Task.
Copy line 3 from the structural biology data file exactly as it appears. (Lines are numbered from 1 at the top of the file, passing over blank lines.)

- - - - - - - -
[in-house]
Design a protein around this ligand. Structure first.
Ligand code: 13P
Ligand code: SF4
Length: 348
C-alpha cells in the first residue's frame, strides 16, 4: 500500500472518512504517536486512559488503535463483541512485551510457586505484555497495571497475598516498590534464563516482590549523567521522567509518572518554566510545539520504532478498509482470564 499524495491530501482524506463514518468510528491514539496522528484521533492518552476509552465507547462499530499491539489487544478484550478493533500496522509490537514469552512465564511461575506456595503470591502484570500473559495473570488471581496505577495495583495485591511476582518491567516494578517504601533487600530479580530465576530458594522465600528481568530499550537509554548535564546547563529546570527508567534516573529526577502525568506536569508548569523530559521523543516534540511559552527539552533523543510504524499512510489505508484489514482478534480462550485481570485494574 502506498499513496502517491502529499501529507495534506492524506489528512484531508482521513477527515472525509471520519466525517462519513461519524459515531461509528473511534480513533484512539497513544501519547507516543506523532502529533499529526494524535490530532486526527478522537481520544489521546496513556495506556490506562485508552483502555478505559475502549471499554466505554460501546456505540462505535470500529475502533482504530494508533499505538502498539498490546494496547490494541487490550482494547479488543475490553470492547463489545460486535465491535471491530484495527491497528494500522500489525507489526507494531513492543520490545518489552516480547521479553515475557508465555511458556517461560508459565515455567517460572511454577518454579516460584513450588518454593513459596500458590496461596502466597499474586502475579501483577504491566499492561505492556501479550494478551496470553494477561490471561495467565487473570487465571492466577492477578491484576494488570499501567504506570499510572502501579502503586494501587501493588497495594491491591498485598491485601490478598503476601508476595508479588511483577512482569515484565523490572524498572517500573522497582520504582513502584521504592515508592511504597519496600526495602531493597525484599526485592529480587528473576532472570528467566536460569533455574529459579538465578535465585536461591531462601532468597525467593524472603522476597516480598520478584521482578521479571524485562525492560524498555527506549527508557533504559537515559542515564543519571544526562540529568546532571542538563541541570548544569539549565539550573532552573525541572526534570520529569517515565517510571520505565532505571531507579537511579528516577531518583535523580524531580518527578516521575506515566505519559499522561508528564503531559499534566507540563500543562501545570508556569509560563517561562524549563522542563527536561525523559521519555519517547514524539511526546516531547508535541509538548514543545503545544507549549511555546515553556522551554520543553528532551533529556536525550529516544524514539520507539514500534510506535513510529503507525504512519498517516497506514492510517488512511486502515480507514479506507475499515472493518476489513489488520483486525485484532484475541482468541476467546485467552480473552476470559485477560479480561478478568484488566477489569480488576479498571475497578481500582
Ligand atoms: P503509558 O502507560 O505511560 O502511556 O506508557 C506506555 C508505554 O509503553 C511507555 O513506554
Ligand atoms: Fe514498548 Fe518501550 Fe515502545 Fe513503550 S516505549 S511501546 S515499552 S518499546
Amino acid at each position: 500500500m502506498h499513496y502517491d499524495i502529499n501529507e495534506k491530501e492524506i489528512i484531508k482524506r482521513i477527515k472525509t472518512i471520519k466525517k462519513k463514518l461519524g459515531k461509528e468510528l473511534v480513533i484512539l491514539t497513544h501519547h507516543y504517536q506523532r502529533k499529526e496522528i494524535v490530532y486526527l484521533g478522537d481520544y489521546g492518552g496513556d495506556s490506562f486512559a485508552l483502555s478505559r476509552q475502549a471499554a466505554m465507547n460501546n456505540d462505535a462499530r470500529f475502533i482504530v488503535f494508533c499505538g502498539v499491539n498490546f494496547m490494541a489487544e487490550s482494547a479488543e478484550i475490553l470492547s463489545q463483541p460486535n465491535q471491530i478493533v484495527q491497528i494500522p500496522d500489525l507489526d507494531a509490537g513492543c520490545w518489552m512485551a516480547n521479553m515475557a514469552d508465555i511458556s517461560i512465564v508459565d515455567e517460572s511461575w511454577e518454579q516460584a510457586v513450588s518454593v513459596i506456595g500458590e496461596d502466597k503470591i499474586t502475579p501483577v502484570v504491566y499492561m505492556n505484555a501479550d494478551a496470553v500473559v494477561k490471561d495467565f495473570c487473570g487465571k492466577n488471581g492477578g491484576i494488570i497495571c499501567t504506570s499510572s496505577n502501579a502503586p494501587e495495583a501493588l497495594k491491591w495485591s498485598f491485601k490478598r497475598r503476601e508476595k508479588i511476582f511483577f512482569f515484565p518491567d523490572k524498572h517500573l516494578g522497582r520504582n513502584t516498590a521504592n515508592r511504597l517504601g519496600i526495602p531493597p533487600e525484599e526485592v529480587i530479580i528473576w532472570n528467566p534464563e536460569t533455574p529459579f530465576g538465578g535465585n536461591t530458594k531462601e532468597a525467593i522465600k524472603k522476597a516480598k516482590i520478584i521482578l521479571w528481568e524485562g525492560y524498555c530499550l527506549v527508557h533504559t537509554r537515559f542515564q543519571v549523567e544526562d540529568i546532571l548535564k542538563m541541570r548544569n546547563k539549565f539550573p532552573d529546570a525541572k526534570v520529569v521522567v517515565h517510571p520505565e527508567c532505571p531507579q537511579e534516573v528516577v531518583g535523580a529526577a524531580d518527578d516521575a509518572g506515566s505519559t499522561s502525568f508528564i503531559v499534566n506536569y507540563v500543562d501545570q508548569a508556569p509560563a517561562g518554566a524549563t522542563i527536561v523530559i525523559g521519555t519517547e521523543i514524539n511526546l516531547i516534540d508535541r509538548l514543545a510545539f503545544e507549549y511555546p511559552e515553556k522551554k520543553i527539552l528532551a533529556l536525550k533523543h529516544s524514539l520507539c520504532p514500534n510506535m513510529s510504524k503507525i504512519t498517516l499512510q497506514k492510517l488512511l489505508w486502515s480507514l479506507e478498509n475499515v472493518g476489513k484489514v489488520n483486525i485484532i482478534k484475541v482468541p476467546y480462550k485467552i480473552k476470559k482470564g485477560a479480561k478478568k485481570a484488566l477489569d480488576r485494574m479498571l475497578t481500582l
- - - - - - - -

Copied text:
Ligand code: 13P